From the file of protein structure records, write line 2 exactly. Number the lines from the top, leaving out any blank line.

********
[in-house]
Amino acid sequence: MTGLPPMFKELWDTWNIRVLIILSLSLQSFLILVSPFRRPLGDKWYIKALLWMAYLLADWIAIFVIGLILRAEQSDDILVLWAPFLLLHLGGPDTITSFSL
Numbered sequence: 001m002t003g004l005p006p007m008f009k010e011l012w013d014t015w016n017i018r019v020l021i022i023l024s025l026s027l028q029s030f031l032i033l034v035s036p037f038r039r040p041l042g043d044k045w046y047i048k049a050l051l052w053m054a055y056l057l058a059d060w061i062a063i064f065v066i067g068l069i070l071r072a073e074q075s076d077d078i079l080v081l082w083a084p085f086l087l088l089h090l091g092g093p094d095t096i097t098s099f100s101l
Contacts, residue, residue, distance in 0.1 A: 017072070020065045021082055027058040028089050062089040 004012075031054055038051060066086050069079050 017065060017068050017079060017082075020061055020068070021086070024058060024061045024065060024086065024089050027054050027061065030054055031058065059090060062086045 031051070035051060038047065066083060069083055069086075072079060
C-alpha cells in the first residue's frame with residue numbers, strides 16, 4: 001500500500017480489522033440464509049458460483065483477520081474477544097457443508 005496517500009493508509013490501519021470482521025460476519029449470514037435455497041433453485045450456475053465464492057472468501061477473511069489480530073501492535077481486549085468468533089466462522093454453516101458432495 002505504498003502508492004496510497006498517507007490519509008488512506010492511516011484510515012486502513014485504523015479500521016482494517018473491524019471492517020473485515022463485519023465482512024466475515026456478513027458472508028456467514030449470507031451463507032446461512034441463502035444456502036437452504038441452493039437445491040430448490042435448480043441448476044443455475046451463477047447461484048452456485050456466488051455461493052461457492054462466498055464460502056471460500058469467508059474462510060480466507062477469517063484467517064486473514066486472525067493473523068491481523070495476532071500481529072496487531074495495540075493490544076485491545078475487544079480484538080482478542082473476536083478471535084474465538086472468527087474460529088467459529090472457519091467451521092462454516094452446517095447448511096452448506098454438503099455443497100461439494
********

Amino acid sequence: MTGLPPMFKELWDTWNIRVLIILSLSLQSFLILVSPFRRPLGDKWYIKALLWMAYLLADWIAIFVIGLILRAEQSDDILVLWAPFLLLHLGGPDTITSFSL